RISMEDIA, March 6, 2010—(MCT)—Eager to save money, homeowners are more willing to get their hands dirty with home-improvement projects these days. But the DIY route isn’t always the safest or cheapest.
“Especially with money being so tight, it’s totally understandable that people want to take on projects themselves that in other periods they would have hired someone to do,” said Meri-K Appy, president of the Home Safety Council, a Washington nonprofit dedicated to preventing home-related injuries. But how do you determine if a project entails more than you can realistically handle?
Most people tend to gauge the complexity of a project by doing research online, said Chris Murray, front-end insights manager for tool maker Black & Decker. Some do-it-yourself websites grade a project’s difficulty. You should also look at the tools that are required for the job. “If it says ‘You need these tools,’ do you know how to use them? If you don’t, you have a challenge coming,” Murray said.
If you’re unsure about your ability to finish a project correctly, get an expert opinion before proceeding. Sometimes, you may end up spending more money to repair a bungled DIY job than if you had hired someone to do it from the start.
Here are a few occasions when you may want to consider turning to a pro:
When safety is an issue
Tinkering with a home’s electric system can be risky business, said Matt Knox, chief executive of DiggersList.com, a construction classifieds website. Not only could the do-it-yourselfer risk electrocution, but doing a job incorrectly could create a safety hazard within the home’s structure.
A basic ceiling-fan installation is a popular do-it-yourself project. But even that, if done incorrectly, can have dangerous results. More than 19,700 people a year are injured by ceiling fans that are improperly mounted or incorrectly sized, according to Electrical Safety Foundation International, an organization that focuses on electrical safety in the home and the workplace.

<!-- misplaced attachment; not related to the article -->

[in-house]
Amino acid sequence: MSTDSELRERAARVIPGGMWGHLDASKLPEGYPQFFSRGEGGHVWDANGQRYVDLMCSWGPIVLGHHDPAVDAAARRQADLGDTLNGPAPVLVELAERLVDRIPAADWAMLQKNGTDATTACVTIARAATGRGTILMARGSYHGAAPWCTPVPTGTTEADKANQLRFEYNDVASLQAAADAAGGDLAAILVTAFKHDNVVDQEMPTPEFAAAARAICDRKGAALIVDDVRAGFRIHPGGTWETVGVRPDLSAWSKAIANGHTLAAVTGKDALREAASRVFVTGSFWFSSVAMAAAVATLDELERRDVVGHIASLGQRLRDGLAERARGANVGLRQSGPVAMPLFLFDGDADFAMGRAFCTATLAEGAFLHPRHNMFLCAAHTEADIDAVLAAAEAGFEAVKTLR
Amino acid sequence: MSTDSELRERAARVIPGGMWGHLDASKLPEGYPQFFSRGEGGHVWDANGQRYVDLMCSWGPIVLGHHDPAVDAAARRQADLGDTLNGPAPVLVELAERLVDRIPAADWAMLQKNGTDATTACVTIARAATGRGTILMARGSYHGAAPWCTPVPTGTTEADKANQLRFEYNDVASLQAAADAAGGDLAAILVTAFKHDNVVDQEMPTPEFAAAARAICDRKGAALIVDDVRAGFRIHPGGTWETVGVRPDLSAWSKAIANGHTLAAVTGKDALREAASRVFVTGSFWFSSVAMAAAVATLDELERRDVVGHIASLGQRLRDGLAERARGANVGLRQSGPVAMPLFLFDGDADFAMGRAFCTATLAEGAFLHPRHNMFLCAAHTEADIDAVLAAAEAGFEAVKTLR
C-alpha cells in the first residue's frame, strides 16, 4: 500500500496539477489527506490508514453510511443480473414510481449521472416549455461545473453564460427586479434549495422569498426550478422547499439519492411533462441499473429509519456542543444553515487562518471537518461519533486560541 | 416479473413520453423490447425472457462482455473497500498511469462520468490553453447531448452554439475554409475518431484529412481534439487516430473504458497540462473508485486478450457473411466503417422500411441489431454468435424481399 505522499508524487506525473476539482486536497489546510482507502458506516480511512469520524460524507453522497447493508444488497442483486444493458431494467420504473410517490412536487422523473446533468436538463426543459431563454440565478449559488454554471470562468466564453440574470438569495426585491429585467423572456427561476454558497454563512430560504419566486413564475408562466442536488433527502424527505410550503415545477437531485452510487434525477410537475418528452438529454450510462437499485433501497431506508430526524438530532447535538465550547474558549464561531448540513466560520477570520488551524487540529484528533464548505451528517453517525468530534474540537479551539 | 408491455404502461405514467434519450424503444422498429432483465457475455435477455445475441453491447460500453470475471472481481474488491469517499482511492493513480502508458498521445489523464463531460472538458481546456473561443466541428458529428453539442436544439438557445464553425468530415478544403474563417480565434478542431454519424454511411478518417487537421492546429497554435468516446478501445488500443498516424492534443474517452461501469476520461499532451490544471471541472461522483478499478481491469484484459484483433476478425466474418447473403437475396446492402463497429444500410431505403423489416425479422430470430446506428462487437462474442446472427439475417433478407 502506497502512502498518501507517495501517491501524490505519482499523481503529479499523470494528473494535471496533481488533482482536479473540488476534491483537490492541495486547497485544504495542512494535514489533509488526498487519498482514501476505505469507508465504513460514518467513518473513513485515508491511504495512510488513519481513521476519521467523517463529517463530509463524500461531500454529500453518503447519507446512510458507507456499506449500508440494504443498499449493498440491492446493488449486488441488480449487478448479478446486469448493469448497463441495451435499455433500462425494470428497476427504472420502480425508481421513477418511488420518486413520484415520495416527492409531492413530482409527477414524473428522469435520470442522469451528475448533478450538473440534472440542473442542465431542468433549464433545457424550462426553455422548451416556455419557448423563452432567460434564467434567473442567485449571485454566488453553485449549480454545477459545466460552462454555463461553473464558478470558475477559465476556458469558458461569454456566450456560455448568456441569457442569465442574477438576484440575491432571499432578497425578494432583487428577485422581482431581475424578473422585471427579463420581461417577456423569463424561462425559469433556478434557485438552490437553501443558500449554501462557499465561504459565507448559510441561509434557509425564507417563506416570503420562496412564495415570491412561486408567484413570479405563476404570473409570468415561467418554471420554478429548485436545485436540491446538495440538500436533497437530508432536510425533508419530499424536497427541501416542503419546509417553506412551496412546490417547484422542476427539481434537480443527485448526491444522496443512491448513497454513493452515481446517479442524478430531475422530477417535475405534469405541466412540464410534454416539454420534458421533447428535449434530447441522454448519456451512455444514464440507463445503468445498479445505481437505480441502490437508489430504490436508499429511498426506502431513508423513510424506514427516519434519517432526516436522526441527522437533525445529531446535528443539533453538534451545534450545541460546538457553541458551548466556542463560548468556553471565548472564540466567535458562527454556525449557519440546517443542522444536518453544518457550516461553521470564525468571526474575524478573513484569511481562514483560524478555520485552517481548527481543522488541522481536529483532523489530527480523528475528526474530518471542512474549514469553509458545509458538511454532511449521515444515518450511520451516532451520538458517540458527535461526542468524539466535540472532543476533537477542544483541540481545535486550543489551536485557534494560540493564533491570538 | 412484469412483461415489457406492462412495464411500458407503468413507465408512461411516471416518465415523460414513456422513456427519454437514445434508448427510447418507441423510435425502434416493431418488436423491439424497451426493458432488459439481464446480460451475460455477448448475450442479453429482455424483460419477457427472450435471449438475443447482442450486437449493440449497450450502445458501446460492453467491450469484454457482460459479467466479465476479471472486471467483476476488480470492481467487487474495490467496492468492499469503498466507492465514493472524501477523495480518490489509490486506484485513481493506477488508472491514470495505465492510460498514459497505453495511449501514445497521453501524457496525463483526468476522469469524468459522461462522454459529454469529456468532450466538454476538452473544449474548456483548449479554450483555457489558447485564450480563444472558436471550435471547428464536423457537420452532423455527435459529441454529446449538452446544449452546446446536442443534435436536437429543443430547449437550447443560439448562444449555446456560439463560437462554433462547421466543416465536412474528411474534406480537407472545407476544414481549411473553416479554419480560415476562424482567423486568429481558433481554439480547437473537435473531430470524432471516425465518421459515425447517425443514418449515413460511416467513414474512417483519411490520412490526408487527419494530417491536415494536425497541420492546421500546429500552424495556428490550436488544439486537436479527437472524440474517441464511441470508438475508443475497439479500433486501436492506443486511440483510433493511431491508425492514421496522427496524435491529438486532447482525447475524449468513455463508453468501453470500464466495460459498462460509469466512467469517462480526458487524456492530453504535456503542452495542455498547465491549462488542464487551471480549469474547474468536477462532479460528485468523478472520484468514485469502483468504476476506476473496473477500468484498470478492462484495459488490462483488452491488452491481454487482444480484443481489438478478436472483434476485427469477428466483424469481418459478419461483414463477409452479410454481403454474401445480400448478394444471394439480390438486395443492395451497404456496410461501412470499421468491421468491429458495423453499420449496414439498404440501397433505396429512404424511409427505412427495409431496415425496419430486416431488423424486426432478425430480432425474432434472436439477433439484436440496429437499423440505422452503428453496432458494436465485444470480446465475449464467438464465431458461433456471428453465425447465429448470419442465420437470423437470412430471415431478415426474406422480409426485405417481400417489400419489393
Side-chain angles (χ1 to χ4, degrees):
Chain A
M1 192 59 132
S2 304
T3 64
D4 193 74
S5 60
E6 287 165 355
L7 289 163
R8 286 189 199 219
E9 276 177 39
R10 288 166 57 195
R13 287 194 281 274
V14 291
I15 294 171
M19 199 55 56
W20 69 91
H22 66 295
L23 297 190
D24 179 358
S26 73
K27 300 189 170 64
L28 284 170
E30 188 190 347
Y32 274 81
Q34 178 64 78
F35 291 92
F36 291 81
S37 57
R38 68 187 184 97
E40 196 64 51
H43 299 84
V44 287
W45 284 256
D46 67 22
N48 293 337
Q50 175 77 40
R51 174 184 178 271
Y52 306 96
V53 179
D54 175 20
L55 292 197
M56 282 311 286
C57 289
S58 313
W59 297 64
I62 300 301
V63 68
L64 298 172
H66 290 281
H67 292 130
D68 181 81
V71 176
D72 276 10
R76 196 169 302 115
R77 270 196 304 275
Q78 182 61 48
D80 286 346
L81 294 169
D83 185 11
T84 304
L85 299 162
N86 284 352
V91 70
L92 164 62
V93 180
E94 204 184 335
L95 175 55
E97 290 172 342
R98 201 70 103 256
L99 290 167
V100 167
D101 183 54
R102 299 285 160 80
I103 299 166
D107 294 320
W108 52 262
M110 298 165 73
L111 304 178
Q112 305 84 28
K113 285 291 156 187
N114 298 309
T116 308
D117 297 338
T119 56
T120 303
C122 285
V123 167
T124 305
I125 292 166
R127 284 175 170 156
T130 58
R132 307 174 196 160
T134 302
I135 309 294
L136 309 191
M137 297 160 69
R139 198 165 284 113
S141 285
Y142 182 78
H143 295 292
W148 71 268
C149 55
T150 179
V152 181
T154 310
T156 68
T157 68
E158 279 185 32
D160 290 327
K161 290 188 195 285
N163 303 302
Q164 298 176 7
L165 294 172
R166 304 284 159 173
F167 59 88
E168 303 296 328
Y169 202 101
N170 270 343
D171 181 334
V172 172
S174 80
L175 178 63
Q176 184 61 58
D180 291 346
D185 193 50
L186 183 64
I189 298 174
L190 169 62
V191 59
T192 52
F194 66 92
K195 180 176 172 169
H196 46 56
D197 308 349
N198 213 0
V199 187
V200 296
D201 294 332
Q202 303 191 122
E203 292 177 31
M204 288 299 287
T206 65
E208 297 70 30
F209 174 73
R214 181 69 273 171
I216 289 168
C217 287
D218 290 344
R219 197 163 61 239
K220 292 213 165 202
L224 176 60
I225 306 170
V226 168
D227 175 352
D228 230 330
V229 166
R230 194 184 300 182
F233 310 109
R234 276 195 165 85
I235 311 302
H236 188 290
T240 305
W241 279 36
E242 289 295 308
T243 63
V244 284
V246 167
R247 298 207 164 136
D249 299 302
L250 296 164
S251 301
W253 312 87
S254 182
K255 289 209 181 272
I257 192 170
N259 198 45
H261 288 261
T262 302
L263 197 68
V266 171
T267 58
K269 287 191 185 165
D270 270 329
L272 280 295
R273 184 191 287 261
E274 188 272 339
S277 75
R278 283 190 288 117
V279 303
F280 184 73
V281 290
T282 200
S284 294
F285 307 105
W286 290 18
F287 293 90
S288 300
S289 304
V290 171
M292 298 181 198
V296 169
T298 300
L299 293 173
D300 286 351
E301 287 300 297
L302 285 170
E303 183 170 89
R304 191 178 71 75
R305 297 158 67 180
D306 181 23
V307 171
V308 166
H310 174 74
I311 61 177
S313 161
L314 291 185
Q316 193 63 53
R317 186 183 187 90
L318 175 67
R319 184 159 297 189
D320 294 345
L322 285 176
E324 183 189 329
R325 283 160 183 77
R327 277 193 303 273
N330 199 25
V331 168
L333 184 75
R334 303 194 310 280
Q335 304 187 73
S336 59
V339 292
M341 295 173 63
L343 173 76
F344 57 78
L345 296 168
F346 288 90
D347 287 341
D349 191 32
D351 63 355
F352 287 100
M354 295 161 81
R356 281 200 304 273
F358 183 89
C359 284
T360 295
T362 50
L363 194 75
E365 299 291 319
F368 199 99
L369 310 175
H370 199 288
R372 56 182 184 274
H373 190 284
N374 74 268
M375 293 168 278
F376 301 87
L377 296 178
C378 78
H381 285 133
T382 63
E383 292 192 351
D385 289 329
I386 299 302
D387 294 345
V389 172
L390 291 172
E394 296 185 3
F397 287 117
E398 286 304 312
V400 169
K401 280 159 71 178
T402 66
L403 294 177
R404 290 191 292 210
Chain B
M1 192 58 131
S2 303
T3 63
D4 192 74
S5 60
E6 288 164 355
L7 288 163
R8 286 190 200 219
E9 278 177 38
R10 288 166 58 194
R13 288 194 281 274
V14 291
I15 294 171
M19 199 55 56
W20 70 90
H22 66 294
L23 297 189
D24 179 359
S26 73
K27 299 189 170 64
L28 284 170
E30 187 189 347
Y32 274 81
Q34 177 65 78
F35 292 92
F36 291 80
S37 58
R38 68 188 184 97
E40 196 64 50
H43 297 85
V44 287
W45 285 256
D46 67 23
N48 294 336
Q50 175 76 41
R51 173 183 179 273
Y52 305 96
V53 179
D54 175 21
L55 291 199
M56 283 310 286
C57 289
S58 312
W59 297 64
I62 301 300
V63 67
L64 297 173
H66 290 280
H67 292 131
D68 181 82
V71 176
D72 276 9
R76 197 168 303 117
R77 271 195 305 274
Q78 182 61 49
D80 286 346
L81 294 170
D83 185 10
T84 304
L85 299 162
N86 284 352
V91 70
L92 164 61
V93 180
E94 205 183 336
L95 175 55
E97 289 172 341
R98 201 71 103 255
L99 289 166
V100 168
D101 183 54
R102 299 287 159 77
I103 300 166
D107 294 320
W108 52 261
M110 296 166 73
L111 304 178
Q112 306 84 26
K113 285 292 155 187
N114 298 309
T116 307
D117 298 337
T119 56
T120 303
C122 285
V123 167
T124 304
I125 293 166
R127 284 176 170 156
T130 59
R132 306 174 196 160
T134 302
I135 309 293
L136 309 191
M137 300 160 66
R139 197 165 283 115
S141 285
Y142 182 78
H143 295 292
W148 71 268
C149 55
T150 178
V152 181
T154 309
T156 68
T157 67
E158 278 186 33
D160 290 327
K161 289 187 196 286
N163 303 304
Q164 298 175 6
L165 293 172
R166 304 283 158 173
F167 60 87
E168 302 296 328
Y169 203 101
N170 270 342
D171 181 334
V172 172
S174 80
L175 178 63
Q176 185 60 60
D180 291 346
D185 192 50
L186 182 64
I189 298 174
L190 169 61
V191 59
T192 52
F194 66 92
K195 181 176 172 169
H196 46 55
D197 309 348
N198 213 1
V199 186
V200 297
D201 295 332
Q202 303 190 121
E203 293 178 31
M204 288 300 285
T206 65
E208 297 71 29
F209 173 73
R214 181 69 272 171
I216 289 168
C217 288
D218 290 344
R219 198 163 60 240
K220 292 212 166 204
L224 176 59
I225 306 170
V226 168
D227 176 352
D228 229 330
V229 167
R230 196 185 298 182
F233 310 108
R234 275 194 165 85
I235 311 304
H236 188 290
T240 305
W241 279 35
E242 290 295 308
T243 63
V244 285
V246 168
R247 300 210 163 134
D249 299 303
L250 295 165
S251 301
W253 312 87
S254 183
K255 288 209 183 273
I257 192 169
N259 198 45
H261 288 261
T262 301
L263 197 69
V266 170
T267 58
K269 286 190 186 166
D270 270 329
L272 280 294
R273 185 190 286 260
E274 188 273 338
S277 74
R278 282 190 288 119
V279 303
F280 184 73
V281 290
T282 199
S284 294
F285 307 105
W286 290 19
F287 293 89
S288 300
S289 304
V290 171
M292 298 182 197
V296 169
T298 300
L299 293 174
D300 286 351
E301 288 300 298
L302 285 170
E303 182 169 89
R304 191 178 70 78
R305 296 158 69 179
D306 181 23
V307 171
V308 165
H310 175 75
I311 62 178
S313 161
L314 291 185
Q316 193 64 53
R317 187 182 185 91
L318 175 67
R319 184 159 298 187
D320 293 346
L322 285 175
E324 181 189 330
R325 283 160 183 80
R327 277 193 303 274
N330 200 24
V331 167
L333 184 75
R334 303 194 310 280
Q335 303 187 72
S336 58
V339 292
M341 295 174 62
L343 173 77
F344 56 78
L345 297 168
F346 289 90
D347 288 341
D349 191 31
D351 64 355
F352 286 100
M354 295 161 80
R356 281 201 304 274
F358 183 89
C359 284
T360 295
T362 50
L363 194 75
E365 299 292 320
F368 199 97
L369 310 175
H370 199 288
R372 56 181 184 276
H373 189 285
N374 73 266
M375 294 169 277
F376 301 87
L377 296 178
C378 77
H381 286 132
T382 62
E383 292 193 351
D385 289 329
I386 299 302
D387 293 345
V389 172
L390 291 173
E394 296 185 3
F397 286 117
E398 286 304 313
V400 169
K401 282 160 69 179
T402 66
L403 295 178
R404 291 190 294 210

Some other jobs that involve safety risks:
-Extending a gas line. “Do not mess around with gas. If you’re DIY, you probably don’t know how to check for gas leaks,” Knox said. A mistake there could lead to an explosion or carbon-monoxide poisoning.
-Projects that involve heights. Carefully assess projects that require you to be high up, whether it’s roofing or pruning trees, Appy said. “Do the cost/benefit analysis upfront and ask yourself, ‘How well trained am I to do this?, do I have the proper tools?, what is my physical well being?'”
-Projects that require power tools. Obviously, big power tools, such as a circular saw, can lead to serious injury or even death if used improperly. But don’t underestimate jobs that could cause an injury that might not be devastating, but would still slow you down, Appy said. “The nail gun that injures the hand you write with, it might not be something that seriously injures you,” she said. “But it could be something that puts you out of commission for a couple of weeks.”
When water is involved
Leaks and water damage can lead to more costly and complicated repairs. If left unfixed, they can lead to mold—which affects air quality and if found during an inspection can be a deal breaker on a home sale.
Water-related projects don’t have to strictly involve your home’s pipes. Putting in a skylight might seem like a do-it-yourself job you can handle. Do it incorrectly, however, and you could end up with a leaky roof, water damage and mold. “If you’re lucky and it leaks, you will see the leak,” said Knox. If you’re not lucky, leaking can start inside the ceiling and drip behind the walls, causing damage to drywall and wooden beams. Knox said 90% of all construction-defect claims on jobs done by professionals are due to water intrusion, so it escalates when you go to DIY.
If the cost of material or tools are high
Sometimes the cost of materials and the expense associated with making a mistake are enough to make hiring an expert a good idea. “For something like crown molding, you need an expensive tool and the material itself is expensive,” Black & Decker’s Murray said. Mistakes on this project are also not always easy to correct.
A kitchen cabinet can cost a couple hundred dollars, and if you order incorrectly, there might be a restocking fee and special orders may be non-returnable, said Mike Albrecht, division director for Home Depot’s installation business. Being off on measurements for granite countertops can also be a costly flub.
If the project is too big
If you’re planning on replacing all the windows in your home or remodeling your kitchen, think twice about how much of the project you want to take on yourself, Albrecht said. Often, you can leave the heavy lifting to the experts, and work on the finishing touches, such as painting and tiling backsplashes.
In a bathroom, for example, you might be comfortable changing lighting fixtures and medicine cabinets, painting and retiling. “If you mess up, there’s not injury or damage,” said Knox. “If it can do damage you can’t see, have someone else do that part.”
While putting in hardwood or laminate flooring can be a good do-it-yourself project, its complexity will largely be determined by its scale: Installing laminate flooring in a small, square bedroom is easy for homeowners to do on their own, Albrecht said. But doing a larger-scale flooring project—involving a transition between rooms or perhaps around a kitchen island—is where people get tripped up.
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